Luteinising Hormone (LH): LH is another gonadotrophic hormone released from the anterior pituitary gland, that helps with follicle growth. The increasing levels of oestrogen released from the growing follicle cause an increase in LH (LH surge). This helps the egg to mature (able to be fertilised by sperm), the follicle to rupture and the egg to be released (ovulation). After ovulation, the follicle that released an egg forms a "corpus luteum". The corpus luteum is supported by LH in order to release the hormones progesterone and oestrogen, which support the lining during the second half (post-ovulation) of the menstrual cycle.


Oestrogen: Oestrogen is a steroid hormone released into the bloodstream from the growing follicles. There are three types of oestrogen hormones, oestradiol, oestrone and oestriol. Oestradiol is the main oestrogen found in women or people that menstruate during their reproductive years. Oestrogen is made from cholesterol and needs FSH and LH to attach to the cells of the follicle to be produced. When oestrogen reaches its peak level during the follicular phase, it causes a surge in LH to enable ovulation (follicle releasing an egg). Oestrogen is also important during the first half of the menstrual cycle (pre-ovulation) to thicken the lining of the uterus and restore what was lost during menstruation. As well as support the lining of the uterus during the second half (post-ovulation) of the menstrual cycle along with progesterone. Oestrogen is important for a lot of different aspects of your body, including your mood, cervical mucus production, sex drive, sleep, bone, brain and heart health.


Progesterone: Progesterone is a steroid hormone released into the bloodstream by the corpus luteum (temporary organ formed from the leftover follicle after ovulation), which helps stimulate the growth of the uterus lining in the second half of the menstrual cycle. Progesterone prepares the body for pregnancy in the event that the released egg is fertilised with sperm, creating the perfect environment for an embryo (egg fertilised by sperm) to attach to the lining. The corpus luteum survives for a set period of time, on average between 12-16 days. In order for a pregnancy to occur the corpus luteum needs to survive and continue to produce progesterone for at least 10 days to enable enough time to enable an embryo to attach to the lining of the uterus. If the egg is not fertilised during this time frame, the corpus luteum breaks down, the progesterone levels fall and a new menstrual cycle begins.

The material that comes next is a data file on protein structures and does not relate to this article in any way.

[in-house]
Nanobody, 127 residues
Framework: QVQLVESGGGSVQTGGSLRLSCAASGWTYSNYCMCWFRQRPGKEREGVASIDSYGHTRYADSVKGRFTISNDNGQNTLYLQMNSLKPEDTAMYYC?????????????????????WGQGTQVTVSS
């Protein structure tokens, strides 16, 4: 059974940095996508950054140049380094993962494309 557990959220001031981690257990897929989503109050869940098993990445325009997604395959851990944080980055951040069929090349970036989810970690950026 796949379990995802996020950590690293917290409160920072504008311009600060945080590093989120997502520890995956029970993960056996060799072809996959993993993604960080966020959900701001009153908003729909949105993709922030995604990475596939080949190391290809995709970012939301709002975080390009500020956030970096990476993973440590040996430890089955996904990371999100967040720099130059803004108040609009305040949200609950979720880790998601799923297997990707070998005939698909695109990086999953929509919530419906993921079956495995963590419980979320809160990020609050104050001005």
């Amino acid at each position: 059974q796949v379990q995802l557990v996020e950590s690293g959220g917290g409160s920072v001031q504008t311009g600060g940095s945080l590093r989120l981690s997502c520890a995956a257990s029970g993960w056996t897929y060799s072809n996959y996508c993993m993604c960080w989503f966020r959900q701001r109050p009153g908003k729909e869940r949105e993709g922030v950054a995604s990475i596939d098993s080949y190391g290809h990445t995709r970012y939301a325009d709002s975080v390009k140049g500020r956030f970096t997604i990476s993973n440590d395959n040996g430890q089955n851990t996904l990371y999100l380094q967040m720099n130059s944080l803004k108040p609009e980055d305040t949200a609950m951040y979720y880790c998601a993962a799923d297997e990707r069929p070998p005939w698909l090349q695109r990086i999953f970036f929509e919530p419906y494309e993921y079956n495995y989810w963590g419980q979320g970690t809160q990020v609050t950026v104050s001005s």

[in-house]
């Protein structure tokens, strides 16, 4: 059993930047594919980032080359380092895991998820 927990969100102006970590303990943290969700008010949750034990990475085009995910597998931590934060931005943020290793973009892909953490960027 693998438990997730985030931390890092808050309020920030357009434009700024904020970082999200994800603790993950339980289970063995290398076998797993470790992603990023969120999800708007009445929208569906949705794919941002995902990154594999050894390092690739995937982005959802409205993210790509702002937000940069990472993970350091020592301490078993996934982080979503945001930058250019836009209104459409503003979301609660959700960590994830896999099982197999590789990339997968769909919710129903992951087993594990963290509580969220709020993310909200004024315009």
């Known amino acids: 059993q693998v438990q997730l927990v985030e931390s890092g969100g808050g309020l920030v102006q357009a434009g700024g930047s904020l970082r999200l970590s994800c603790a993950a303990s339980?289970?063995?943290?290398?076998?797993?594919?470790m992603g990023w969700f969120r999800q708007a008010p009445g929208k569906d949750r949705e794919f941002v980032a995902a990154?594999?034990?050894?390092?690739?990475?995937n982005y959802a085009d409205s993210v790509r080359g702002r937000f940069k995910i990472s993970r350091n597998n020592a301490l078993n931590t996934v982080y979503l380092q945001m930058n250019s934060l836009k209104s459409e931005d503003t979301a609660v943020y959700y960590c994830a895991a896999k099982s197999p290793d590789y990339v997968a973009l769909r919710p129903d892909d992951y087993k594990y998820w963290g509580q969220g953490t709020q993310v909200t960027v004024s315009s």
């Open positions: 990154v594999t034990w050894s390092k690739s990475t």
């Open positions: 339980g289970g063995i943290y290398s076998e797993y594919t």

Inhibin: Inhibin is a protein hormone produced by the granulosa cells within the follicles. Inhibin B is the form predominately secreted in the follicular phase of the menstrual cycle and plays a role in follicular development and FSH regulation. It is produced by the growing follicles and in larger quantities by the selected dominant follicle (follicle destined to ovulate). It works with oestrogen to reduce FSH secretion and initiates cell death (atresia) of any other developing follicles.